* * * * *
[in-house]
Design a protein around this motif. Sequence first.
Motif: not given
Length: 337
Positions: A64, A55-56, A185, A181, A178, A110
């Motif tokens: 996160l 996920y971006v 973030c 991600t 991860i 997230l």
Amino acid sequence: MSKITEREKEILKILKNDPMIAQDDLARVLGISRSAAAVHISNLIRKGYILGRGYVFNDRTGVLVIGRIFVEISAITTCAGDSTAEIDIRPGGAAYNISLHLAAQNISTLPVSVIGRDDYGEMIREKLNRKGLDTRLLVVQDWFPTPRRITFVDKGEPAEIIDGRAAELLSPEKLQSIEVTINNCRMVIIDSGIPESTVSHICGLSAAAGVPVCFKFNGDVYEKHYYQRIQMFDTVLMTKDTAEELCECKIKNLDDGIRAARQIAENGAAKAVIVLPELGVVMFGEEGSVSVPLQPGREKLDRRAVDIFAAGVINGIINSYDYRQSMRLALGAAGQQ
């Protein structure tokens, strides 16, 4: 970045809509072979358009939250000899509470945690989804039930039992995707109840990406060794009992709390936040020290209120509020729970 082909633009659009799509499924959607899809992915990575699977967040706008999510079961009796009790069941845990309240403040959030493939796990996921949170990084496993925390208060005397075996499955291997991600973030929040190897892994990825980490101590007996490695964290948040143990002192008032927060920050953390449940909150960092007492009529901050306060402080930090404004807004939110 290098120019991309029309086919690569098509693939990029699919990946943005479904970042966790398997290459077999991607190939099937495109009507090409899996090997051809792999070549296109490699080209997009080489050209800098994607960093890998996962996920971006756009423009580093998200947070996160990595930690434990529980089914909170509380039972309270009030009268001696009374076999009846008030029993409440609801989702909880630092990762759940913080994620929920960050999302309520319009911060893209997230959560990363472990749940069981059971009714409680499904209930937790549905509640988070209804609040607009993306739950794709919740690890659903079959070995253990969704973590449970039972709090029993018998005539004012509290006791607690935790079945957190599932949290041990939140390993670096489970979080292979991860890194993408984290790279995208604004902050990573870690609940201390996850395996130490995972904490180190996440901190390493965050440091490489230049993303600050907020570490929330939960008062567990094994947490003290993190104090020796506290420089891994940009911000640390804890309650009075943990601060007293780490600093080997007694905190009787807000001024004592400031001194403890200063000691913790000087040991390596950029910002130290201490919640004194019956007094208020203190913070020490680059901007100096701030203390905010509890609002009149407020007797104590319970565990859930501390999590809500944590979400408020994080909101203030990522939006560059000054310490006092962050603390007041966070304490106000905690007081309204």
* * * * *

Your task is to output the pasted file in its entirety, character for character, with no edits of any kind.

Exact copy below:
[in-house]
Design a protein around this motif. Sequence first.
Motif: not given
Length: 337
Positions: A64, A55-56, A185, A181, A178, A110
């Motif tokens: 996160l 996920y971006v 973030c 991600t 991860i 997230l």
Amino acid sequence: MSKITEREKEILKILKNDPMIAQDDLARVLGISRSAAAVHISNLIRKGYILGRGYVFNDRTGVLVIGRIFVEISAITTCAGDSTAEIDIRPGGAAYNISLHLAAQNISTLPVSVIGRDDYGEMIREKLNRKGLDTRLLVVQDWFPTPRRITFVDKGEPAEIIDGRAAELLSPEKLQSIEVTINNCRMVIIDSGIPESTVSHICGLSAAAGVPVCFKFNGDVYEKHYYQRIQMFDTVLMTKDTAEELCECKIKNLDDGIRAARQIAENGAAKAVIVLPELGVVMFGEEGSVSVPLQPGREKLDRRAVDIFAAGVINGIINSYDYRQSMRLALGAAGQQ
């Protein structure tokens, strides 16, 4: 970045809509072979358009939250000899509470945690989804039930039992995707109840990406060794009992709390936040020290209120509020729970 082909633009659009799509499924959607899809992915990575699977967040706008999510079961009796009790069941845990309240403040959030493939796990996921949170990084496993925390208060005397075996499955291997991600973030929040190897892994990825980490101590007996490695964290948040143990002192008032927060920050953390449940909150960092007492009529901050306060402080930090404004807004939110 290098120019991309029309086919690569098509693939990029699919990946943005479904970042966790398997290459077999991607190939099937495109009507090409899996090997051809792999070549296109490699080209997009080489050209800098994607960093890998996962996920971006756009423009580093998200947070996160990595930690434990529980089914909170509380039972309270009030009268001696009374076999009846008030029993409440609801989702909880630092990762759940913080994620929920960050999302309520319009911060893209997230959560990363472990749940069981059971009714409680499904209930937790549905509640988070209804609040607009993306739950794709919740690890659903079959070995253990969704973590449970039972709090029993018998005539004012509290006791607690935790079945957190599932949290041990939140390993670096489970979080292979991860890194993408984290790279995208604004902050990573870690609940201390996850395996130490995972904490180190996440901190390493965050440091490489230049993303600050907020570490929330939960008062567990094994947490003290993190104090020796506290420089891994940009911000640390804890309650009075943990601060007293780490600093080997007694905190009787807000001024004592400031001194403890200063000691913790000087040991390596950029910002130290201490919640004194019956007094208020203190913070020490680059901007100096701030203390905010509890609002009149407020007797104590319970565990859930501390999590809500944590979400408020994080909101203030990522939006560059000054310490006092962050603390007041966070304490106000905690007081309204």